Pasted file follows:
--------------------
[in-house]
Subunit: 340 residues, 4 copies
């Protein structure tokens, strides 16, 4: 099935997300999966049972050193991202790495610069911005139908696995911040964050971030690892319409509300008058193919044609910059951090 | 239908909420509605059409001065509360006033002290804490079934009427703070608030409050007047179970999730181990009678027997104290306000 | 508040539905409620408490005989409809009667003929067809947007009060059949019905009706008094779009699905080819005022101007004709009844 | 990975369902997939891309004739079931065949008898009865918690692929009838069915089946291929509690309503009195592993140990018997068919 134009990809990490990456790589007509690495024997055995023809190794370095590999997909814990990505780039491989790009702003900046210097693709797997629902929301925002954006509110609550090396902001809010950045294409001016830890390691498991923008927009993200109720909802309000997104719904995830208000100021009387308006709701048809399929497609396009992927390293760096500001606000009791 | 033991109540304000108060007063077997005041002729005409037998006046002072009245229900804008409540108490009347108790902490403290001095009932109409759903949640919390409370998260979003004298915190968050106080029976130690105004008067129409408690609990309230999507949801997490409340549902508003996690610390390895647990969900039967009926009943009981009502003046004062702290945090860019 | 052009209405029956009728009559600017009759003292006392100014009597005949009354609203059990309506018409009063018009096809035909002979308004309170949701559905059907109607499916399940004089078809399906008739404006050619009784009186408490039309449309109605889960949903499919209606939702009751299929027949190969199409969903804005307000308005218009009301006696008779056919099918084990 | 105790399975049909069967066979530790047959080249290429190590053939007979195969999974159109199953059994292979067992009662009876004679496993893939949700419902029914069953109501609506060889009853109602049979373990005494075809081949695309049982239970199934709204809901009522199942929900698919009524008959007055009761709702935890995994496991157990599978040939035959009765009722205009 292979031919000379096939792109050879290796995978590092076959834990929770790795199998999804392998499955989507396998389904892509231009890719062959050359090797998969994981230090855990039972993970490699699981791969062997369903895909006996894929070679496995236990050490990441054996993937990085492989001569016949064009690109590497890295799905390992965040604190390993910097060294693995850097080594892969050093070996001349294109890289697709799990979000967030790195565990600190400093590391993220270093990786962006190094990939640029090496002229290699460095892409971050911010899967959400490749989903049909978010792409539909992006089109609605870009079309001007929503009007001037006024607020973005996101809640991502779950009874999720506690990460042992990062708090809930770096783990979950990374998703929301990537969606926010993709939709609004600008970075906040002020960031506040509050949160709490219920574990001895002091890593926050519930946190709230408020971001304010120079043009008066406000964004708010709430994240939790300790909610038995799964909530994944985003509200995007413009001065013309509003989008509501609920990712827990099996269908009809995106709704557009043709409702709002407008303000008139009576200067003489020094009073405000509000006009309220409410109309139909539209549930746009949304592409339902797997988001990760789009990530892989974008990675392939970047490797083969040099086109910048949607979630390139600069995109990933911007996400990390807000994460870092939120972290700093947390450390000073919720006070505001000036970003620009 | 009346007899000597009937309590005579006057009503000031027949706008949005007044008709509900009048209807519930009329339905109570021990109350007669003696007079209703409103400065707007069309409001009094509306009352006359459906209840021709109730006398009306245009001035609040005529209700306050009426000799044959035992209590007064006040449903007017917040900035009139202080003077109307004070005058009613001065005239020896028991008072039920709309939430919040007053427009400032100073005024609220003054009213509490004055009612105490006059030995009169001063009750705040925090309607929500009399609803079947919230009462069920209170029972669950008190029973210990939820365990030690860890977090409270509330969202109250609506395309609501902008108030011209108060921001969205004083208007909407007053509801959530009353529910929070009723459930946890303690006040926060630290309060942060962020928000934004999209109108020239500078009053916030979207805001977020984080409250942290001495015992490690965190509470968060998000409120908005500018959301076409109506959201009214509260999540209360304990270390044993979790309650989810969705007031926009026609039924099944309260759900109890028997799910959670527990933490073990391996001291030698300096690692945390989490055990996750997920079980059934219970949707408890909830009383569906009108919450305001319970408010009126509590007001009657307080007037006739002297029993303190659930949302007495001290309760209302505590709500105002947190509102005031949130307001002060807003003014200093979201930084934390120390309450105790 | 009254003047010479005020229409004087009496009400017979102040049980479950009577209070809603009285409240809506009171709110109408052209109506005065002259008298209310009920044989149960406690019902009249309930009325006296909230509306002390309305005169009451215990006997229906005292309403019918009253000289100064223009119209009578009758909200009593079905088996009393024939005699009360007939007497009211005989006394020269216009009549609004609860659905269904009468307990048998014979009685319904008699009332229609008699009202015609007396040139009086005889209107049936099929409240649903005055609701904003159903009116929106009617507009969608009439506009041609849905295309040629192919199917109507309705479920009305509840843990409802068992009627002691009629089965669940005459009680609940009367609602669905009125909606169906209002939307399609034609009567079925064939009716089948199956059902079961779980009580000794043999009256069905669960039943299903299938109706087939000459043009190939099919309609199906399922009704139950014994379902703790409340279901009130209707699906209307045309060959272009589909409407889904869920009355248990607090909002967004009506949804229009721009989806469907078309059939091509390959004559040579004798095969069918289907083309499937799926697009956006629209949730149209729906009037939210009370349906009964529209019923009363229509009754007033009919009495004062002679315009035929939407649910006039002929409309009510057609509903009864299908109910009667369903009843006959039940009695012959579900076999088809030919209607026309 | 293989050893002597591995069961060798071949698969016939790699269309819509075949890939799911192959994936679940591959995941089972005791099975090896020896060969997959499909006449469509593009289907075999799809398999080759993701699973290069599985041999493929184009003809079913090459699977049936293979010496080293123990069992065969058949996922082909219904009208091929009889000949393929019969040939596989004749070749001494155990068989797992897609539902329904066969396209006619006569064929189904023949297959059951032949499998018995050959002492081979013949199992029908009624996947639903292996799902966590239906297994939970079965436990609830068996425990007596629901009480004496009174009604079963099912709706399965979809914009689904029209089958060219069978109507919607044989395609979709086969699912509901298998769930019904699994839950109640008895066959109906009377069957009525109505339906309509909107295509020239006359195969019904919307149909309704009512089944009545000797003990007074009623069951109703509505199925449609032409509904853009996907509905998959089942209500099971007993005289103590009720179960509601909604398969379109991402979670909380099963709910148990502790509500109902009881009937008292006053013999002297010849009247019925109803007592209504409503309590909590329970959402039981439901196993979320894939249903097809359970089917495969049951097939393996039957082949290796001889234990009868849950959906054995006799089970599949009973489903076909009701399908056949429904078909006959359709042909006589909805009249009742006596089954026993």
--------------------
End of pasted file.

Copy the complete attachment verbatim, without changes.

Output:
[in-house]
Subunit: 340 residues, 4 copies
């Protein structure tokens, strides 16, 4: 099935997300999966049972050193991202790495610069911005139908696995911040964050971030690892319409509300008058193919044609910059951090 | 239908909420509605059409001065509360006033002290804490079934009427703070608030409050007047179970999730181990009678027997104290306000 | 508040539905409620408490005989409809009667003929067809947007009060059949019905009706008094779009699905080819005022101007004709009844 | 990975369902997939891309004739079931065949008898009865918690692929009838069915089946291929509690309503009195592993140990018997068919 134009990809990490990456790589007509690495024997055995023809190794370095590999997909814990990505780039491989790009702003900046210097693709797997629902929301925002954006509110609550090396902001809010950045294409001016830890390691498991923008927009993200109720909802309000997104719904995830208000100021009387308006709701048809399929497609396009992927390293760096500001606000009791 | 033991109540304000108060007063077997005041002729005409037998006046002072009245229900804008409540108490009347108790902490403290001095009932109409759903949640919390409370998260979003004298915190968050106080029976130690105004008067129409408690609990309230999507949801997490409340549902508003996690610390390895647990969900039967009926009943009981009502003046004062702290945090860019 | 052009209405029956009728009559600017009759003292006392100014009597005949009354609203059990309506018409009063018009096809035909002979308004309170949701559905059907109607499916399940004089078809399906008739404006050619009784009186408490039309449309109605889960949903499919209606939702009751299929027949190969199409969903804005307000308005218009009301006696008779056919099918084990 | 105790399975049909069967066979530790047959080249290429190590053939007979195969999974159109199953059994292979067992009662009876004679496993893939949700419902029914069953109501609506060889009853109602049979373990005494075809081949695309049982239970199934709204809901009522199942929900698919009524008959007055009761709702935890995994496991157990599978040939035959009765009722205009 292979031919000379096939792109050879290796995978590092076959834990929770790795199998999804392998499955989507396998389904892509231009890719062959050359090797998969994981230090855990039972993970490699699981791969062997369903895909006996894929070679496995236990050490990441054996993937990085492989001569016949064009690109590497890295799905390992965040604190390993910097060294693995850097080594892969050093070996001349294109890289697709799990979000967030790195565990600190400093590391993220270093990786962006190094990939640029090496002229290699460095892409971050911010899967959400490749989903049909978010792409539909992006089109609605870009079309001007929503009007001037006024607020973005996101809640991502779950009874999720506690990460042992990062708090809930770096783990979950990374998703929301990537969606926010993709939709609004600008970075906040002020960031506040509050949160709490219920574990001895002091890593926050519930946190709230408020971001304010120079043009008066406000964004708010709430994240939790300790909610038995799964909530994944985003509200995007413009001065013309509003989008509501609920990712827990099996269908009809995106709704557009043709409702709002407008303000008139009576200067003489020094009073405000509000006009309220409410109309139909539209549930746009949304592409339902797997988001990760789009990530892989974008990675392939970047490797083969040099086109910048949607979630390139600069995109990933911007996400990390807000994460870092939120972290700093947390450390000073919720006070505001000036970003620009 | 009346007899000597009937309590005579006057009503000031027949706008949005007044008709509900009048209807519930009329339905109570021990109350007669003696007079209703409103400065707007069309409001009094509306009352006359459906209840021709109730006398009306245009001035609040005529209700306050009426000799044959035992209590007064006040449903007017917040900035009139202080003077109307004070005058009613001065005239020896028991008072039920709309939430919040007053427009400032100073005024609220003054009213509490004055009612105490006059030995009169001063009750705040925090309607929500009399609803079947919230009462069920209170029972669950008190029973210990939820365990030690860890977090409270509330969202109250609506395309609501902008108030011209108060921001969205004083208007909407007053509801959530009353529910929070009723459930946890303690006040926060630290309060942060962020928000934004999209109108020239500078009053916030979207805001977020984080409250942290001495015992490690965190509470968060998000409120908005500018959301076409109506959201009214509260999540209360304990270390044993979790309650989810969705007031926009026609039924099944309260759900109890028997799910959670527990933490073990391996001291030698300096690692945390989490055990996750997920079980059934219970949707408890909830009383569906009108919450305001319970408010009126509590007001009657307080007037006739002297029993303190659930949302007495001290309760209302505590709500105002947190509102005031949130307001002060807003003014200093979201930084934390120390309450105790 | 009254003047010479005020229409004087009496009400017979102040049980479950009577209070809603009285409240809506009171709110109408052209109506005065002259008298209310009920044989149960406690019902009249309930009325006296909230509306002390309305005169009451215990006997229906005292309403019918009253000289100064223009119209009578009758909200009593079905088996009393024939005699009360007939007497009211005989006394020269216009009549609004609860659905269904009468307990048998014979009685319904008699009332229609008699009202015609007396040139009086005889209107049936099929409240649903005055609701904003159903009116929106009617507009969608009439506009041609849905295309040629192919199917109507309705479920009305509840843990409802068992009627002691009629089965669940005459009680609940009367609602669905009125909606169906209002939307399609034609009567079925064939009716089948199956059902079961779980009580000794043999009256069905669960039943299903299938109706087939000459043009190939099919309609199906399922009704139950014994379902703790409340279901009130209707699906209307045309060959272009589909409407889904869920009355248990607090909002967004009506949804229009721009989806469907078309059939091509390959004559040579004798095969069918289907083309499937799926697009956006629209949730149209729906009037939210009370349906009964529209019923009363229509009754007033009919009495004062002679315009035929939407649910006039002929409309009510057609509903009864299908109910009667369903009843006959039940009695012959579900076999088809030919209607026309 | 293989050893002597591995069961060798071949698969016939790699269309819509075949890939799911192959994936679940591959995941089972005791099975090896020896060969997959499909006449469509593009289907075999799809398999080759993701699973290069599985041999493929184009003809079913090459699977049936293979010496080293123990069992065969058949996922082909219904009208091929009889000949393929019969040939596989004749070749001494155990068989797992897609539902329904066969396209006619006569064929189904023949297959059951032949499998018995050959002492081979013949199992029908009624996947639903292996799902966590239906297994939970079965436990609830068996425990007596629901009480004496009174009604079963099912709706399965979809914009689904029209089958060219069978109507919607044989395609979709086969699912509901298998769930019904699994839950109640008895066959109906009377069957009525109505339906309509909107295509020239006359195969019904919307149909309704009512089944009545000797003990007074009623069951109703509505199925449609032409509904853009996907509905998959089942209500099971007993005289103590009720179960509601909604398969379109991402979670909380099963709910148990502790509500109902009881009937008292006053013999002297010849009247019925109803007592209504409503309590909590329970959402039981439901196993979320894939249903097809359970089917495969049951097939393996039957082949290796001889234990009868849950959906054995006799089970599949009973489903076909009701399908056949429904078909006959359709042909006589909805009249009742006596089954026993």